Once the deal is signed in December, the federal government will need to introduce legislation to actually ratify and implement it. That bill will need to follow the same legislative process as any other, which will take months to gain approval from the various stages of review needed in both the House of Commons and the Senate before it can receive royal assent and become law.

And it will need to do all that before the parliamentary session ends in June or risk the deal becoming a campaign issue.

WATCH: What does the new NAFTA deal mean for Canada?

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What does the new NAFTA deal mean for Canada?

What about Canadian retailers?

Canadian retailers, many of them represented by the Retail Council of Canada, have previously pushed back against raising the de minimis level.

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“Changing the de minimis levels would be a disaster,” Diane Brisebois, CEO of the Retail Council of Canada said. “It would immediately put Canadian businesses at a disadvantage. They would have to pay sales tax and duty, while the U.S. online seller would not have to. It does not make any sense whatsoever.”

A 2017 study by the Retail Council of Canada found that an increase in Canada’s de minimis level to either $200 will result in a loss of sales in the retail sector, “which will affect the Canadian economy in terms of decline in GDP, labour income and employment.”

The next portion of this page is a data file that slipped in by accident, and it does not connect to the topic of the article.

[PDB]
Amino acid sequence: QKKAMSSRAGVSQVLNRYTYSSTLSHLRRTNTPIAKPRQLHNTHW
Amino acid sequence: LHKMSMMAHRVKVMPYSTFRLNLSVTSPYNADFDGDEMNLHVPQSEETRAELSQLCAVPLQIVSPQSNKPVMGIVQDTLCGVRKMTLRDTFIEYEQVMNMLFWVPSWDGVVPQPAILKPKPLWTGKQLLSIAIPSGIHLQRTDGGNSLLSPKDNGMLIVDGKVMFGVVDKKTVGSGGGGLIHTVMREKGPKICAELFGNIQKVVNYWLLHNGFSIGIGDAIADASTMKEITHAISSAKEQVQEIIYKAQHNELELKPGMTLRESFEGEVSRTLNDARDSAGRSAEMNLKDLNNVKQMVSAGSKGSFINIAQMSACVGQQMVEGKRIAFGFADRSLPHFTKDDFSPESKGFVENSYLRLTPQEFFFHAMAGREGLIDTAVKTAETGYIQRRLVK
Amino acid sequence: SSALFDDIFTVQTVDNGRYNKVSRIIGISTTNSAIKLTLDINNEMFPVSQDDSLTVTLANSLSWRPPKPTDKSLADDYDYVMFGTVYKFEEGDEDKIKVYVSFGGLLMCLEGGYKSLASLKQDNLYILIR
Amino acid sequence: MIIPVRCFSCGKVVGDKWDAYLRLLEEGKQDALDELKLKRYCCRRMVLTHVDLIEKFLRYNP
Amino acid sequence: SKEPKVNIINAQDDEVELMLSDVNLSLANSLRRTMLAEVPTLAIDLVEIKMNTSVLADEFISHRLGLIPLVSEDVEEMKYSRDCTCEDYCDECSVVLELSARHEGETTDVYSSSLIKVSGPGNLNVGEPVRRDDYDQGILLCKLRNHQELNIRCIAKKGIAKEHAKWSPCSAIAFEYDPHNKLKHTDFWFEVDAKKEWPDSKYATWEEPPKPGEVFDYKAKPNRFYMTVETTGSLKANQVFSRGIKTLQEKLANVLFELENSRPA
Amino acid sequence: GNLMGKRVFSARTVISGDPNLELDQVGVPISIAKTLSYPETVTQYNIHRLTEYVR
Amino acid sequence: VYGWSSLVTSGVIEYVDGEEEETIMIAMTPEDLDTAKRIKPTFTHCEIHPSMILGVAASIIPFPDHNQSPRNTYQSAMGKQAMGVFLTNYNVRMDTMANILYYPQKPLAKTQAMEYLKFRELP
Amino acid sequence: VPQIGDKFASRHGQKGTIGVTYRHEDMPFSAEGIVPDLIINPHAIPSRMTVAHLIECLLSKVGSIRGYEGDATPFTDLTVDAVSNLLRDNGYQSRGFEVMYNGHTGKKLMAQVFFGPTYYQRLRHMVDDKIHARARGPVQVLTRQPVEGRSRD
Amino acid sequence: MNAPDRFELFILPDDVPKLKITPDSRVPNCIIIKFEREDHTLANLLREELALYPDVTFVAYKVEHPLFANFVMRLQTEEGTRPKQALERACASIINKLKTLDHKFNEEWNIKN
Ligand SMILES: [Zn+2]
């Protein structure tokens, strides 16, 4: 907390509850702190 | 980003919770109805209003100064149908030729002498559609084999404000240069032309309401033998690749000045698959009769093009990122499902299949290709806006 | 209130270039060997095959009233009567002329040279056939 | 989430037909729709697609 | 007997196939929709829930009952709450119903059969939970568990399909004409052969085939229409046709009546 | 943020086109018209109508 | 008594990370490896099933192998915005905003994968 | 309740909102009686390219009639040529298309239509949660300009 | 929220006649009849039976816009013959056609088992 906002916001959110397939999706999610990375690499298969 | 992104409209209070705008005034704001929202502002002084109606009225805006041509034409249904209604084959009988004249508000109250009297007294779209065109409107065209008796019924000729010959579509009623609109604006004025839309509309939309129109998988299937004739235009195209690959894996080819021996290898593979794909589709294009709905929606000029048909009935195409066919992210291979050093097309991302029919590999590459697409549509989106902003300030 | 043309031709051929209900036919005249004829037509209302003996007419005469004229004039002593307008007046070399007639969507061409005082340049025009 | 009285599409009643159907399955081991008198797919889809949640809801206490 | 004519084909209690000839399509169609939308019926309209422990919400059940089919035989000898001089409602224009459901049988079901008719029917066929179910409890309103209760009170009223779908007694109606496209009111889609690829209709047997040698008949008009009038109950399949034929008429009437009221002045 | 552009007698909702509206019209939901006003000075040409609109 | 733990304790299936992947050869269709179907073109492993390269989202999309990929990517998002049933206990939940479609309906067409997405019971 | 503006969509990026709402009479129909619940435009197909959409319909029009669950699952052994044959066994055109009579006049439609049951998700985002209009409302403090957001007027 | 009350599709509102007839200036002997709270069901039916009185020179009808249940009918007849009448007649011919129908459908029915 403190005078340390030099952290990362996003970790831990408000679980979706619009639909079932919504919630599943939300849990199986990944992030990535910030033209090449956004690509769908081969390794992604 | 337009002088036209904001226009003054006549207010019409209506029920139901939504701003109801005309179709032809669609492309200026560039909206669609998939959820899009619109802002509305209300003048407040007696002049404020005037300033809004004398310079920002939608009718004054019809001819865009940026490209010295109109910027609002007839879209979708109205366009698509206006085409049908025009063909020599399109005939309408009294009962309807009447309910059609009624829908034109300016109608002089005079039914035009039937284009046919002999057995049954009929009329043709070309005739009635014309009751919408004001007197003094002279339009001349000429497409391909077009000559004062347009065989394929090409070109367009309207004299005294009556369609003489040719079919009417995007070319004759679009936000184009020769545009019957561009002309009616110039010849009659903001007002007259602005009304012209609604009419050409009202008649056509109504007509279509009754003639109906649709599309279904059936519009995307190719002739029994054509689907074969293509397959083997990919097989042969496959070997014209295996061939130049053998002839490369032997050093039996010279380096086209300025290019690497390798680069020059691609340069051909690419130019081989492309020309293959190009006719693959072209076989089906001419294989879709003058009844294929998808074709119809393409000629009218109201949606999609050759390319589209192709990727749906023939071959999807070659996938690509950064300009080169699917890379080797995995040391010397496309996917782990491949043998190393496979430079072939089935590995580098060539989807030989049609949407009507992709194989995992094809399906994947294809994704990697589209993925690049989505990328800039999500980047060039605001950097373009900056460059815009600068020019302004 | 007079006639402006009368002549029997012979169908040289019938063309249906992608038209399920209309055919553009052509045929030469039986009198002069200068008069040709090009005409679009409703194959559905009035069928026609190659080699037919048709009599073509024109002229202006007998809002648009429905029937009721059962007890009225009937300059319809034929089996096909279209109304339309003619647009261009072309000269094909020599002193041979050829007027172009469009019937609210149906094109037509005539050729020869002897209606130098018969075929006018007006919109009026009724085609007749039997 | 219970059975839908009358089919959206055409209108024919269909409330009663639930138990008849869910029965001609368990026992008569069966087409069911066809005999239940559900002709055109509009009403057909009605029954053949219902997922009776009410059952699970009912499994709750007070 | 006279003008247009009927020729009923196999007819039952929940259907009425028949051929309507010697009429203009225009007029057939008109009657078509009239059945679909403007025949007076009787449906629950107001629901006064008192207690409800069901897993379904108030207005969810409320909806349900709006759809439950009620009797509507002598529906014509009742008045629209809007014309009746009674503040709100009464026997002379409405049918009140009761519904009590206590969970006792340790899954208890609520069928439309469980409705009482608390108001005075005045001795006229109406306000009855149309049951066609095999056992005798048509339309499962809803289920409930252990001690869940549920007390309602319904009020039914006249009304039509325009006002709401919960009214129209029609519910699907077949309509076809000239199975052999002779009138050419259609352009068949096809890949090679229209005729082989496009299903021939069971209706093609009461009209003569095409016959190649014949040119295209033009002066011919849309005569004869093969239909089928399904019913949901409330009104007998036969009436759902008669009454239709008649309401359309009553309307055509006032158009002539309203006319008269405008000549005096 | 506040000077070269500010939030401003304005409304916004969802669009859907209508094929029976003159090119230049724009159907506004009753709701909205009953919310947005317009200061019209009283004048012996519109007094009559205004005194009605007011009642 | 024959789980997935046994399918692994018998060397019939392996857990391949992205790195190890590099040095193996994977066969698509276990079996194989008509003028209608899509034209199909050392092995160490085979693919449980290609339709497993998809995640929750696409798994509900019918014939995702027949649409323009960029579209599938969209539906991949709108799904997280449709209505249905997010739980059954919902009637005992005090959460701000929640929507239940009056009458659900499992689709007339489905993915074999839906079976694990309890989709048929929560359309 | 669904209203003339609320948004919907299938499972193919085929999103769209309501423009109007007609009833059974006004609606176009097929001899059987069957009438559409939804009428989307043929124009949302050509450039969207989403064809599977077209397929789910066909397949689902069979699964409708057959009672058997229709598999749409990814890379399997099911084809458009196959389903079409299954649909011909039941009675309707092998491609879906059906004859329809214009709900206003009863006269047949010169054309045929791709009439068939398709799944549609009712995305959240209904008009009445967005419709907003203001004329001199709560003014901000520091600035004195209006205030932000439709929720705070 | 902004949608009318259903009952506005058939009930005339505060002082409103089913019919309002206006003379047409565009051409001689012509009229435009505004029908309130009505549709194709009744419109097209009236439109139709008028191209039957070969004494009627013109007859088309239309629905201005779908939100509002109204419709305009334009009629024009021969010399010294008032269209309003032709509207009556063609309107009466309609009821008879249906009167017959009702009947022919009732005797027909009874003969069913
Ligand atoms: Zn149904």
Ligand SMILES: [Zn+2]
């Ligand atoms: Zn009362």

The study found that if Canada raised the duty-free threshold to $200, it would shed more than 300,000 jobs by 2020. Even changing the duty-free level to $100 could have a huge impact on Canadian retailers, Brisebois said.

WATCH: 300,000 Canadian jobs could be lost if U.S. duty-free limit rises for online shopping, study says

Click to play video: '300,000 Canadian jobs could be lost if U.S. duty-free limit rises for online shopping: study'
300,000 Canadian jobs could be lost if U.S. duty-free limit rises for online shopping: study

‘Tariffs may be more consistent’

But House said the $150 duty limit may actually benefit retailers.

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“At the existing threshold [$20], the Canadian government is barely collecting duty,” he said.

The current level is so low that it’s not “economical” to impose duty on every shipment, House said. Because of this, Canadian consumers buying goods online only see imposed tariffs every now and then.

“But raising the threshold makes it economical to collect. Tariffs may be more consistent and put retailers in a better position,” he said.

A 2016 C.D. Howe report found that the federal government spends four times more on enforcing duties than it takes in from them. The report (commissioned by eBay) argued that raising the duty-free threshold would benefit consumers, businesses and the government.

The report modelled the impact on public revenues of raising the limit from $20 to $80, $100 and $200 and found that all three scenarios would have a negligible effect and might even result in a small boost for government coffers.

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That’s because assessing small parcels that might be subject to duties is very expensive. By holding the threshold at $20 instead of $80, for example, “the government collects $39 million in additional revenues, but at a cost of $166 million,” the authors noted.

— With files from Global News reporter Amanda Connolly